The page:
Emotional Diversity (K-2)

Here is another FREE & FINISHED social & emotional lesson plan for teachers who hope to cultivate joy and empathy in their classrooms during the first weeks of school!! As educators, we know that developing a classroom community of trust and love is the most important predictor of a smooth school year. ENJOY!!

Lesson 1: Emotional Diversity

bombaloo

Enduring Understandings (Diversity):

  • All beings experience the world differently.
  • All beings share similarities and differences.
  • Connection and understanding among beings is fostered through mindful listening and kindness.

Learning Goals:

  • The learners will explore the idea that each individual in their learning community has different feelings and expresses those feelings in different ways.
  • The learners will explore ways to foster connection in their community through mindful listening.

Time: 40 minutes

Materials:

  • “Sometimes I’m Bombaloo” by Rachel Vail
  • Anchor Chart
  • Markers
  • Glue
  • Plain paper
  • Leaves
  • Creative art items (googly eyes, wire, pipe cleaners, paint, ribbon, etc.)
  • Emotion Cards–Purchase or Get For Free (printed on cardstock or laminated)

Directions:

  • Find a comfortable and safe area to gather your students outside or inside your classroom. Read, “Sometimes I’m Bombaloo” by Rachel Vali.
  • Discuss the emotions Katie feels throughout the story. Encourage the students to explain how they can tell when Katie is feeling happy, sad, or frustrated.
  • Create an anchor chart with a happy face, an angry face, and a sad face.
  • Ask the students to think of some times in the story when Katie was happy, angry or sad. Refer back to the text if needed. Write or draw the student’s answers on the anchor chart.
  • Next, ask the students to think of times when they feel happy, angry or sad. Record the student’s answers on the anchor chart using words, symbols, and pictures.
  • Take a short brain break and ask students to do various movements making different faces to show their emotions. For example, “Jump up and down, smile ear to ear, happy as can be” or “Lay on the ground, curled up in a ball, show me that you are sad.” Continue this process for a few minutes until the students have their wiggles out.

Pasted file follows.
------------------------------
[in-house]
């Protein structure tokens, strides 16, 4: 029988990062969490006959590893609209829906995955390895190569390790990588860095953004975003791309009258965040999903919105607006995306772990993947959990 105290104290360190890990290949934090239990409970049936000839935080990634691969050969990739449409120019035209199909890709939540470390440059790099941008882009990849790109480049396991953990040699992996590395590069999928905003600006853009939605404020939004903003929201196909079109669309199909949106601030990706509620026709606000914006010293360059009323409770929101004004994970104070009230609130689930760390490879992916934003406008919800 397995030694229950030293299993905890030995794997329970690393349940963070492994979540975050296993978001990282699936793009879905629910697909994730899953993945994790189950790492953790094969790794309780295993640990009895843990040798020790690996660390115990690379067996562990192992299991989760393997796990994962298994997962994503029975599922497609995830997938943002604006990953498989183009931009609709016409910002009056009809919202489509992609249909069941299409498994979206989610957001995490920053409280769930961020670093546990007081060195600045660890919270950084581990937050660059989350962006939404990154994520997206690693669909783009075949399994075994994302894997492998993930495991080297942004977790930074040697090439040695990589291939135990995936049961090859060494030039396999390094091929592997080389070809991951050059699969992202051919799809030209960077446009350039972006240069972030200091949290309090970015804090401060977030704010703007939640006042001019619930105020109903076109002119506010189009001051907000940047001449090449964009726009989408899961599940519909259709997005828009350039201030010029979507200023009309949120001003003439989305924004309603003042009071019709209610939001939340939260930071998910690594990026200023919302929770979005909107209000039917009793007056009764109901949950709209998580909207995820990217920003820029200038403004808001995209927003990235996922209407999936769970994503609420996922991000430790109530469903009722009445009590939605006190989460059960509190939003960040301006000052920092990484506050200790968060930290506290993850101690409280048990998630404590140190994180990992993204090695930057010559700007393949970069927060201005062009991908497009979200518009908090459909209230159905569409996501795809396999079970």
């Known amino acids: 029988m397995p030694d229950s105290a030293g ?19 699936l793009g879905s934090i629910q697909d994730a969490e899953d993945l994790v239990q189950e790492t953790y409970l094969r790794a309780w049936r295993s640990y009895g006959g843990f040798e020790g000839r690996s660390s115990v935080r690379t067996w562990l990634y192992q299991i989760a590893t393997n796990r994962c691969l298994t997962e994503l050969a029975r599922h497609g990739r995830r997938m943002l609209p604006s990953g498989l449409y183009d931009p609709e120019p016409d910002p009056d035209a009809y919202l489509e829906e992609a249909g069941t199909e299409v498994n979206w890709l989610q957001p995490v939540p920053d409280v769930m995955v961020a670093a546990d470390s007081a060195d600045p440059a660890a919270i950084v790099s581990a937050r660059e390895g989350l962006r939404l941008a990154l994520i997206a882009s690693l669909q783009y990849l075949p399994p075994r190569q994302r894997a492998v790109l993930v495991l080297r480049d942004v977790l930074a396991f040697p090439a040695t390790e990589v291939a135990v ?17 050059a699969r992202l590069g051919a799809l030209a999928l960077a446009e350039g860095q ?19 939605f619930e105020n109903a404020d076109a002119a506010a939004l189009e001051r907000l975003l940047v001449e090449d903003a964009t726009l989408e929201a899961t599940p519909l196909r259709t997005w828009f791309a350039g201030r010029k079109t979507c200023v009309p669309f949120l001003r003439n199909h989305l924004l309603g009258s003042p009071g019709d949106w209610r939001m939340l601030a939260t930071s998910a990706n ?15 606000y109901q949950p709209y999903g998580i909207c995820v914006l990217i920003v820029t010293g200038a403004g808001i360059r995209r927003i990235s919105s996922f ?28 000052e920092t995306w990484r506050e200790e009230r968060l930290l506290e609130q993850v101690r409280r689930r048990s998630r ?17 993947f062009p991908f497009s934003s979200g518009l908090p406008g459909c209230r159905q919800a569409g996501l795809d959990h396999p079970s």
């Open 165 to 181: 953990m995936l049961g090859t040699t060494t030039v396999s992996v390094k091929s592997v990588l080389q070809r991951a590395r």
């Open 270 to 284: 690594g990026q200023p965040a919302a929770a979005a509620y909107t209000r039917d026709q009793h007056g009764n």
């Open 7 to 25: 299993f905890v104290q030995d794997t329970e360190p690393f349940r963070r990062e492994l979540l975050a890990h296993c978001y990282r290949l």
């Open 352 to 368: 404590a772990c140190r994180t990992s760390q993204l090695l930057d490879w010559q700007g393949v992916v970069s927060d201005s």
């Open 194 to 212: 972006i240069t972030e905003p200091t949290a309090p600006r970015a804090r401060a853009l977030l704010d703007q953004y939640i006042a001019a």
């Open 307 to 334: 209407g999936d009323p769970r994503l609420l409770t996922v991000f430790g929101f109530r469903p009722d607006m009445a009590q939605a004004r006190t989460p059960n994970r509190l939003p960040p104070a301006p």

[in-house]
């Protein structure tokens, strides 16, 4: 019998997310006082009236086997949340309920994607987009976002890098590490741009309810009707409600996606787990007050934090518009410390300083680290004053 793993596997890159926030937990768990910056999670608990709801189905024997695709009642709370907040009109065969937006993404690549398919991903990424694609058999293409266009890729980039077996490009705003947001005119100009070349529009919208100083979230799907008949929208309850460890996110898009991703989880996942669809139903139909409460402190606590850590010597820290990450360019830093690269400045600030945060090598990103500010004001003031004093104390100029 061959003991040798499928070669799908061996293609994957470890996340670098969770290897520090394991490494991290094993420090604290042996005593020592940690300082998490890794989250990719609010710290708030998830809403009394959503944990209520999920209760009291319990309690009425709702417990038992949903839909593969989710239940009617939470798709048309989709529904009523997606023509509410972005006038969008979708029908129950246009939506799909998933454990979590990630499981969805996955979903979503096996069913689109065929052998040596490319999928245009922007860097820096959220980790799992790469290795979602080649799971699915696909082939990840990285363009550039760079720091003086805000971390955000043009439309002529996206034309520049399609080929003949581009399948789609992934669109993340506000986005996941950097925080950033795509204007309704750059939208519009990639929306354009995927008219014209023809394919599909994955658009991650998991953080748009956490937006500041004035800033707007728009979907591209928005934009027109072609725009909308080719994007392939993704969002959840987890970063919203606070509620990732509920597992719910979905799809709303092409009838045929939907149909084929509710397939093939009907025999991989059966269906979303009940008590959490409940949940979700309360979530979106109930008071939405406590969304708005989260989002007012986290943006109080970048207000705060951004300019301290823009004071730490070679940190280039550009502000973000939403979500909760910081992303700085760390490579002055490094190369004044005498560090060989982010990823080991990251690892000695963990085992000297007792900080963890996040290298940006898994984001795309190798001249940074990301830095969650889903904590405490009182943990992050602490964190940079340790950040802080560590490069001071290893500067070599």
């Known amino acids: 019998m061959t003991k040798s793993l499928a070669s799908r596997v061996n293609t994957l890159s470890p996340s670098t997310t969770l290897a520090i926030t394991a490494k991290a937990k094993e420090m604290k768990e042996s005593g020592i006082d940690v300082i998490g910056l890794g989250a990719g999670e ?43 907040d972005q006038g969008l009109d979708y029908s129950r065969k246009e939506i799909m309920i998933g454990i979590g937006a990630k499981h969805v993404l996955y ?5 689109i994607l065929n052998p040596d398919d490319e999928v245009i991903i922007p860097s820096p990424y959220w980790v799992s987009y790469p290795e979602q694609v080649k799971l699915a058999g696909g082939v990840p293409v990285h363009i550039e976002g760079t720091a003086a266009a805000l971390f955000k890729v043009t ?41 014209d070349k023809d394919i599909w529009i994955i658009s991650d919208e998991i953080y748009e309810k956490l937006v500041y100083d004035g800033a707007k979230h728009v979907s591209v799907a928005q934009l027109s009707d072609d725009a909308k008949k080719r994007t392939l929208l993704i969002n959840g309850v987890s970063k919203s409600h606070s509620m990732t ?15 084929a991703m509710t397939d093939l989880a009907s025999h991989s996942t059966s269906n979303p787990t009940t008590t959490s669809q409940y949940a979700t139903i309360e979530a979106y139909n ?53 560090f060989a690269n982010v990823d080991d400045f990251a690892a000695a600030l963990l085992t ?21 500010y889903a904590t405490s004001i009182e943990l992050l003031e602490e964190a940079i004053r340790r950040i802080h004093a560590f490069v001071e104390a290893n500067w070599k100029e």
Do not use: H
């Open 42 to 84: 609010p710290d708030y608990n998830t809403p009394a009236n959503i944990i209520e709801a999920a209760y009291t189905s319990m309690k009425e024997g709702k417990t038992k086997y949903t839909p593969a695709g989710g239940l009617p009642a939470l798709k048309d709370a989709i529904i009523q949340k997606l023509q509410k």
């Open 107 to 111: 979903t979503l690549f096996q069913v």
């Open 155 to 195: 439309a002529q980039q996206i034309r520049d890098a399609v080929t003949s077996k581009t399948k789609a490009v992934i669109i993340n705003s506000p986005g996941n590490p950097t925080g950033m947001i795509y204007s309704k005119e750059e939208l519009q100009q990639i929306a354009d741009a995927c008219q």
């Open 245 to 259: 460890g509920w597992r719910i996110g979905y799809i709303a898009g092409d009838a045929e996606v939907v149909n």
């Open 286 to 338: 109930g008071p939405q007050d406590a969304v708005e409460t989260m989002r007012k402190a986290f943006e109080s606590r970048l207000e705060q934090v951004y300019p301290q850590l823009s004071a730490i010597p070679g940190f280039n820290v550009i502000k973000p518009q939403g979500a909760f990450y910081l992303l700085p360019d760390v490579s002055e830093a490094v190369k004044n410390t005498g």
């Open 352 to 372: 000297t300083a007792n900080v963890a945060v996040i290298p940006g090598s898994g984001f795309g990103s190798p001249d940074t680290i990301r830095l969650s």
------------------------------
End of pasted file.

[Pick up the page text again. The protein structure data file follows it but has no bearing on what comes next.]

• Ask the students to hold hands and spread out in a circle. Ask the students to sit down. Get out the emotion cards. Place them in the middle of the circle facing up so students can see the faces on the pictures.
  • Pick up one of the cards. For example, the card SHY. Model becoming shy in front of your students. Ask the students what they could do if you were a new student and feeling very shy in the classroom. How could they help you feel included? How could they make you feel safe and loved?
  • Continue this process until you’ve had students (or yourself) model each emotion and brainstorm skillful ways for students to respond to each other when they experiencing certain emotions.

Extension Ideas—ART & NATURE

Leaf Portraits

  • Go outside and ask students to find the perfect leaf, a leaf that reminds them of themselves.
  • Come back inside and get out creative supplies, paper, and glue.
  • Help students write their names on their papers.
  • Explain to the students that they will create their face or body out of the leaf.
  • How can they show how they are feeling by using the creative supplies? Which way does a smile turn? What about a frown? Encourage students to add details and objects to their leaf portrait.
  • When you are finished, have students share their leaf portraits with the class. Discuss similarities and differences. Display your leaves in the classroom under the title “Our Leaf Portraits.”

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